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MacStadium brings Orka Desktop for Devops

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Enterprise developers might not be the biggest audience, but they’re a really important one — so the news that MacStadium has introduced a tool that lets them create and manage multiple macOS virtual machines locally matters. It’s a free addition to the company’s existing suite of virtualization tools, which it introduced with Orka Workspace a year or two ago.

The time is right for tools like this. After all, developers are building more Mac, iPad, and iPhone apps than ever before, reflecting the growing market share of Apple products in the enterprise. The snag is that testing is required when building apps both for consumer/customer-facing solutions and also proprietary tools for internal use. 

This is where MacStadium’s new solution comes in. 

Orka Desktop, for free local virtualization

Orka Desktop is a free macOS virtualization tool that lets you deploy virtual Macs locally. What this means to developers, of course, is that they can more easily test apps on virtual Macs, which should help accelerate and democratize the development process.

This is particularly handy as single-use VMs provide trustworthy test results because they act as fresh installs, and subsequent testing takes place on a brand new VM. Use of such ephemeral VMs is becoming an industry standard approach in DevOps.

“Developers regularly use virtualization tooling, but most aren’t aware of the fundamental differences and optimizations that tools can provide for Mac,” said Jason Davis, MacStadium’s chief product officer.

There is a real need for these kinds of tools. One report on Apple use in the enterprise found that three-quarters (76%) of businesses are now using more Apple devices, so it is inarguable that a market for these tools exists.

What does Orka Desktop do?

The developers have put together a consumer-simple, deceptively capable user interface to support the virtual machines; it makes it easier to make changes to those machines from local machines to the cloud.

“Orka Desktop provides the tools to allow developers to create many different macOS image versions locally, commit those into a shared repository, and pass them around for collaboration,” MacStadium CTO Chris Chapman said in a statement. 

Orka Desktop is available now. Useful and powerful features within the system include the following:

  • You can start, stop, pause, and configure VMs easily from within the Orka Desktop admin panel.
  • Free local macOS virtualization provides developers with tools to create, package, and distribute VMs easily without cost.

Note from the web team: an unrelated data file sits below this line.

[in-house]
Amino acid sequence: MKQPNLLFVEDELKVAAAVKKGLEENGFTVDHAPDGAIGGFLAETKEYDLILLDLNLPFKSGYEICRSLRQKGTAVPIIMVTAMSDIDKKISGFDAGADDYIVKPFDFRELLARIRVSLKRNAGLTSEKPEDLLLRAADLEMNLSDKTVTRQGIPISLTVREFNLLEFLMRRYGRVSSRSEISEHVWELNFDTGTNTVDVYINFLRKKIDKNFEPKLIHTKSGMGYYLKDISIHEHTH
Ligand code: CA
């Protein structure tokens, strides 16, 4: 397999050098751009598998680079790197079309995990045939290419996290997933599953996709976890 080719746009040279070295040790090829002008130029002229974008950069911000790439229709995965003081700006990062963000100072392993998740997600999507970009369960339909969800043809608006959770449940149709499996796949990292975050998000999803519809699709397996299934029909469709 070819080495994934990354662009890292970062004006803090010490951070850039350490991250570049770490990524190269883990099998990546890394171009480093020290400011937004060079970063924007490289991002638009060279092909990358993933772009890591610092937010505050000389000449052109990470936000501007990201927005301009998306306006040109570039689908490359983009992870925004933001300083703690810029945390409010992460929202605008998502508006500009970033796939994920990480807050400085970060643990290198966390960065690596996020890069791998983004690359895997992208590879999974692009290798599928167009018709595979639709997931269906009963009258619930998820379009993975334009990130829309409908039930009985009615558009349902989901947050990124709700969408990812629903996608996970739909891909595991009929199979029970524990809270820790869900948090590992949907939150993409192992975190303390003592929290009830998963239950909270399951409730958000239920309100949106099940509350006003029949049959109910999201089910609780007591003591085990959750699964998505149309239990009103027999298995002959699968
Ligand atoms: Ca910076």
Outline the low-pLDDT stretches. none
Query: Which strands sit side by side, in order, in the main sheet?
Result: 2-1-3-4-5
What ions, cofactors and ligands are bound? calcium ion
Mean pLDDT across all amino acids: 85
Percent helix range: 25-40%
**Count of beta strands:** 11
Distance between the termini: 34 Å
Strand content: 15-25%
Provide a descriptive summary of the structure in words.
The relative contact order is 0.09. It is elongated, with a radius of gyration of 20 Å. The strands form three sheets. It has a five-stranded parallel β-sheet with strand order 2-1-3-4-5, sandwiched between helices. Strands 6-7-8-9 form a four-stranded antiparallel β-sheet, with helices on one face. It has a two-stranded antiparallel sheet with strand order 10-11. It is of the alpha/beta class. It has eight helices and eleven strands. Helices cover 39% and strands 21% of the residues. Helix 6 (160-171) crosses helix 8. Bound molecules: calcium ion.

• Users get near-native performance on Apple Silicon, with virtualization overhead as low as 5%.
  • Developers can build and share Open Container Initiative (OCI) images, which helps improve collaboration and sharing on projects.
  • The ability to wrap and compress virtual machines using OCI means the size of the disk image can shrink, so a 90GB image becomes a 15GB equivalent, which makes it easier to move the images around. OCI also allows teams to work with most standards-based registries.
  • An easy-to-use GUI interface supports actions on VMs from local machines to the cloud, enhancing efficiency and flexibility.

Existing Orka customers can use Orka Desktop as an extension of their current MacStadium Orka Cluster, which makes it easier to switch from local to global development clusters and product deployment. This enhances team collaboration and offers safer, more reliable testing environments.

Why use VMs?

There are lots of reasons to use of VMs in development. Not only are they inherently easier to secure, but they can be adapted to simulate different hardware configurations — far more cost effective than using actual hardware test machines. They also provide distribution and simulation testing benefits for collaborative development groups.

Of course, this solution isn’t there for Windows or Linux VMs, (for that you may end up working with Parallels or Mac cloud services such as those from MacStadium and/or Amazon), but for Mac and iOS development Orka Desktop makes a lot of sense. Apple also seems to recognize the need to run VMs and recently introduced iCloud support to VM macs.

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